A discourteous comedian takes the place of a king in Chang-min Choo’s elegant, languid Masquerade, a Korean costume drama starring the formidable Byung-hun Lee, sadly best known to American audiences as Storm Shadow, courtesy of the G.I. Joe franchise. Lee, who is a Korean star par excellence, is the film’s focus, portraying both the hardened, seemingly implacable King Gwang-hae and Ha-seon, a performer — jester really — who bears close resemblance to the king.
Gwang-hae absconds to a mistresses’ house to cool his head amid fears of assassination, and his majesty’s venerable council Heo Gyun (Seung-yong Ryoo) is tasked with educating Ha-seon in the ways of royalty. When the king falls ill as a result of poisoning, Ha-seon must keep up the charade just long enough for Heo Gyun to discover the identity of the perpetrator and maintain peace in a royal house ready to collapse.
Ryoo turns in a tremendous supporting performance, the weight of his position never leaving his face. As Ha-seon becomes more adept at imitating the king, the relationship between the impostor and the council deepens and we are treated to several low-key scenes of the two men interacting as they get to know one another’s habits. The story does indeed focus on Ha-seon and the performers’ growing conscience in the face of corruption and the familiar theme of the poor giving everything while the rich part with oh-so-little. It’s a familiar and satisfying fantasy — a pauper taking the place of a king and realizing the power he now wields, slipping out of the illusion he is meant to uphold and instead ruling justly and fairly.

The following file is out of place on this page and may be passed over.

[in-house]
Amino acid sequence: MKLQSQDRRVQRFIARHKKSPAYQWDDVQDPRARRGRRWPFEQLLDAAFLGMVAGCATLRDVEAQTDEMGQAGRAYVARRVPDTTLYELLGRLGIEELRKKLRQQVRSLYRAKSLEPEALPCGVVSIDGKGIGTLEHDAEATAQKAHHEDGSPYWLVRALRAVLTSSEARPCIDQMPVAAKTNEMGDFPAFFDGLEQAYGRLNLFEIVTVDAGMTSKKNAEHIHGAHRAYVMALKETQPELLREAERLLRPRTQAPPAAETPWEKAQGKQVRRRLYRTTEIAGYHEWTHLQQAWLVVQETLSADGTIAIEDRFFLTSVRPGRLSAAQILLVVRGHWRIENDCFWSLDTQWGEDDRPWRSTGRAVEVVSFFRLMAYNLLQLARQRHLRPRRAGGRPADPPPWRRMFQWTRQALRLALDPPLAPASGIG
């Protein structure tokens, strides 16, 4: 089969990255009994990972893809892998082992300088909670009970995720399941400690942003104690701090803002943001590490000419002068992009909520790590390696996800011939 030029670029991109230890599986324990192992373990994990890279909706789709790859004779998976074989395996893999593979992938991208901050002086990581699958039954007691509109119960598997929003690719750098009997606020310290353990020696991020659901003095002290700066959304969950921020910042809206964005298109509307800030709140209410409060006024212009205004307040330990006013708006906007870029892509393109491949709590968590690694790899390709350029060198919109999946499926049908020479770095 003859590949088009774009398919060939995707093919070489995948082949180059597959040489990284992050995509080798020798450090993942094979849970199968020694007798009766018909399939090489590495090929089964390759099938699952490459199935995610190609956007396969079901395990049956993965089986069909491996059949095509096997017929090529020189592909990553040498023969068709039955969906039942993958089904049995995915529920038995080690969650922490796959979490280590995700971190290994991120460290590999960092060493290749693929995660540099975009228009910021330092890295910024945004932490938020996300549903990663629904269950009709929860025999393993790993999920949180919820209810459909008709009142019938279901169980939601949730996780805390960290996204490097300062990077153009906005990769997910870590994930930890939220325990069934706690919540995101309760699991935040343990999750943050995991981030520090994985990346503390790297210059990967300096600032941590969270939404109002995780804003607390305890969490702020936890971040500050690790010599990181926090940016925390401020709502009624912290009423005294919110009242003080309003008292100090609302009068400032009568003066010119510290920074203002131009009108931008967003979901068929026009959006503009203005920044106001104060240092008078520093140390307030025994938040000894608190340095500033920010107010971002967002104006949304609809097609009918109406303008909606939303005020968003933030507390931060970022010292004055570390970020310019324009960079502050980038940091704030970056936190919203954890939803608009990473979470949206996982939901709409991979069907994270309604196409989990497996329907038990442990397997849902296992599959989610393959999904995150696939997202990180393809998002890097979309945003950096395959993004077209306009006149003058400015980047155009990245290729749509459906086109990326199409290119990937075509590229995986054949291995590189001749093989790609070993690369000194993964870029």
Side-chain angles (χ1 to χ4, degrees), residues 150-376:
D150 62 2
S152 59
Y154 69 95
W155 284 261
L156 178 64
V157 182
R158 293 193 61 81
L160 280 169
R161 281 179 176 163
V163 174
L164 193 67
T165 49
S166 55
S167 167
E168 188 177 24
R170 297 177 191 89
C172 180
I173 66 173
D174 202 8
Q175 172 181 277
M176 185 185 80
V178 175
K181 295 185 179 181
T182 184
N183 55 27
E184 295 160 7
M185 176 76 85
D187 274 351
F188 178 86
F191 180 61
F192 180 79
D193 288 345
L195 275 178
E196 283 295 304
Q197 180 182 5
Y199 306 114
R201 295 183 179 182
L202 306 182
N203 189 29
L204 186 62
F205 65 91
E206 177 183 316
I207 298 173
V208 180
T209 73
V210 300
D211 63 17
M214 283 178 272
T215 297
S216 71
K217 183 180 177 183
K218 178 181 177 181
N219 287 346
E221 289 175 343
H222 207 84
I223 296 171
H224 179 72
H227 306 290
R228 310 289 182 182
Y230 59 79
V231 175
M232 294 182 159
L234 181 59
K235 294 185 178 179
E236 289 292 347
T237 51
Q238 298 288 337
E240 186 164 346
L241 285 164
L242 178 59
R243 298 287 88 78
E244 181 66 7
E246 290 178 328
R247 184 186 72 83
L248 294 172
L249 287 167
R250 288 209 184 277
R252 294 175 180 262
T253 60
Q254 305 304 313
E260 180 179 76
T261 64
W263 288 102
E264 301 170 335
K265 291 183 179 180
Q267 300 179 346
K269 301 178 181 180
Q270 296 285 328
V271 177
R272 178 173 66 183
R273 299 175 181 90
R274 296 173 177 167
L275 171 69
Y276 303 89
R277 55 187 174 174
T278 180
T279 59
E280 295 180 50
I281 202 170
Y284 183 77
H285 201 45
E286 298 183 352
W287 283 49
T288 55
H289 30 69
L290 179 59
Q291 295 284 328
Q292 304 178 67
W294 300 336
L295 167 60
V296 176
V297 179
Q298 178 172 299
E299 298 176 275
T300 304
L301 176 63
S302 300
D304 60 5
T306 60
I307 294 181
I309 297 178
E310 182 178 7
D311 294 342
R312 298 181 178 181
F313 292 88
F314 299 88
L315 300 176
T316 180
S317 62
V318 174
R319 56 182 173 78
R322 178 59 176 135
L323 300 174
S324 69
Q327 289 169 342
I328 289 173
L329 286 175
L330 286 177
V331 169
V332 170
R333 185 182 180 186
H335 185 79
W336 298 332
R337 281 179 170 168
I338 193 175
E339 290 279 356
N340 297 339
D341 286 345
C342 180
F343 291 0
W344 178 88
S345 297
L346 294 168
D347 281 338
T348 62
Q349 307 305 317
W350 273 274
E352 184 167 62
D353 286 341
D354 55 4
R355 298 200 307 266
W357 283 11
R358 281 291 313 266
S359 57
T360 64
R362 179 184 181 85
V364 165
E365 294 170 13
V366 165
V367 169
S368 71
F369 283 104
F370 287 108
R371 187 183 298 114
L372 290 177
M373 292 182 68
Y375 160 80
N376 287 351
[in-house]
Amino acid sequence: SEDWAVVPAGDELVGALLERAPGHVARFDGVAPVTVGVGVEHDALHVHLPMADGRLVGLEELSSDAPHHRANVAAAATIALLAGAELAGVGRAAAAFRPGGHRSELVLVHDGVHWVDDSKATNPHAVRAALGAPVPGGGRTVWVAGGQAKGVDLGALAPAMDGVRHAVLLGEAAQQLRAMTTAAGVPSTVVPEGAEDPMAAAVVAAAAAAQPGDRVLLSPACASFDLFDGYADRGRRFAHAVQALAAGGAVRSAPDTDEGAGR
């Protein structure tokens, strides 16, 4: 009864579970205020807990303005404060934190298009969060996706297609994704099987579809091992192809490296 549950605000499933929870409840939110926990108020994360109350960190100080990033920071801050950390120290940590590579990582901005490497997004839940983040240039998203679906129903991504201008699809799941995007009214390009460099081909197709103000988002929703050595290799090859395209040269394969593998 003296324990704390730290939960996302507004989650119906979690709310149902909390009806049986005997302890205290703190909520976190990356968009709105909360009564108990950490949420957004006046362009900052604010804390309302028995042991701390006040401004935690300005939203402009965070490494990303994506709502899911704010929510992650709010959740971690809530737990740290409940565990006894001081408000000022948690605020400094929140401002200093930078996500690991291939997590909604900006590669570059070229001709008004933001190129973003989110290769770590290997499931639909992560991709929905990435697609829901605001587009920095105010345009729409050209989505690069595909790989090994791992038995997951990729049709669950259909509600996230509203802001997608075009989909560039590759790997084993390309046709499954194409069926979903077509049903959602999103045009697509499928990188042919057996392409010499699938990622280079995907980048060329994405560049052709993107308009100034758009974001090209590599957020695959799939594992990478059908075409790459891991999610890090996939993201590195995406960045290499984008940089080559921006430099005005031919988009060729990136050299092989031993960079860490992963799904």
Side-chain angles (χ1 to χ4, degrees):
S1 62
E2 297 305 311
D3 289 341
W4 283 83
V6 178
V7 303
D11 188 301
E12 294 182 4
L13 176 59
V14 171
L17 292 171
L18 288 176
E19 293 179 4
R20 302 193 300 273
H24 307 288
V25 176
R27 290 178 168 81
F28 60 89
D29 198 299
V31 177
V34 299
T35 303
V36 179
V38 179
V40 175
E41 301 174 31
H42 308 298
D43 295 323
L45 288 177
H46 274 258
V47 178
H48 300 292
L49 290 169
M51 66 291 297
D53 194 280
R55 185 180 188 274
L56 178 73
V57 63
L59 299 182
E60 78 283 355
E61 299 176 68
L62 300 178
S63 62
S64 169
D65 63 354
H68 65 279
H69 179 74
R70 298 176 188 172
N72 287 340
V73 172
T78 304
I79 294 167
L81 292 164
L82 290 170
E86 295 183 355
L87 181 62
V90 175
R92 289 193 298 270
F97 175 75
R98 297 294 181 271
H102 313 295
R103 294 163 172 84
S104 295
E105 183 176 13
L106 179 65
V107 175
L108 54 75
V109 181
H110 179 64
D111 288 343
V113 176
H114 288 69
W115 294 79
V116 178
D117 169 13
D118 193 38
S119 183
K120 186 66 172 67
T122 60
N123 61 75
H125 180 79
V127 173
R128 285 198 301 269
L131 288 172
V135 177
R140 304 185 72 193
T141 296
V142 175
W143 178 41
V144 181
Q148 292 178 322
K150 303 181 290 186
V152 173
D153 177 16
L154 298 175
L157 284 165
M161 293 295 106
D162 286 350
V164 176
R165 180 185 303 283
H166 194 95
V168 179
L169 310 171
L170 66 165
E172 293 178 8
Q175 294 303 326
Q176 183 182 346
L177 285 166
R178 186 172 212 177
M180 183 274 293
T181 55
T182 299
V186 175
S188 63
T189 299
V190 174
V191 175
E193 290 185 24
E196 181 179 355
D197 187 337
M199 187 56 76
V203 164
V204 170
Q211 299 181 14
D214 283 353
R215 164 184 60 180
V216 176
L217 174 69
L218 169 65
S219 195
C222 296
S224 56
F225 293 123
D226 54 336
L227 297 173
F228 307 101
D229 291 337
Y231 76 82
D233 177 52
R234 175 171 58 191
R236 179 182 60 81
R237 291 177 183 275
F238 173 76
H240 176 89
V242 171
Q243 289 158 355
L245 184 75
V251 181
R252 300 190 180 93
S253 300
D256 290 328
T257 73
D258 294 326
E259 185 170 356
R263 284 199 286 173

Thankfully, Masquerade is largely aware that such a drastic decision has unintended and often detrimental consequences. Ha-seon is a man thoroughly out of his element and he is quickly embroiled in courtroom dramas, including falling for the Queen (Hyo-ju Han). Chang-min Choo wisely gives time over to scenes between two or three actors at most, men and women who’ve long inhabited as established position coming face to face with a vibrant and challenging new personality. It is a culture shock that serves the film well until a portentous conclusion saps it of some vitality. Sentimentality rules the day — certainly not unusual for a traditional Korean drama — but it is lathered with far too much melodrama to be actually resonant.
Another fault that may be laid at the feet of the film is that it’s somewhat simplistic in its approach, especially in how it portrays the bad guys, gravelly voiced officials who hound the king and push forward policies for their own benefit. The portrayals are so underfed that rooting for Ha-seon becomes a matter of course rather than an intellectual challenge. This is where the fantasy becomes significantly more pronounced and the comedy a touch too unreal. The actors keep us grounded but the film has no real way of showing us the magnitude of what’s at stake. Instead, we hear much proclaimed about the plight of the common people and a couple of characters who represent that struggle are depicted as almost angelic in their countenance.
Ultimately, Masquerade skates by, the privilege of charming production design and strong performances delivered in the service of an uncomplicated plot. It may not be surprising or thought-provoking cinema for the most part, but it is certainly not an unpleasant watch. An unashamed crowd-pleaser, Masquerade should at least appeal as a costume drama and a showcase for a cast led by Byung-hun Lee, who, this critic hopes, will make a dramatic debut in American cinema someday soon.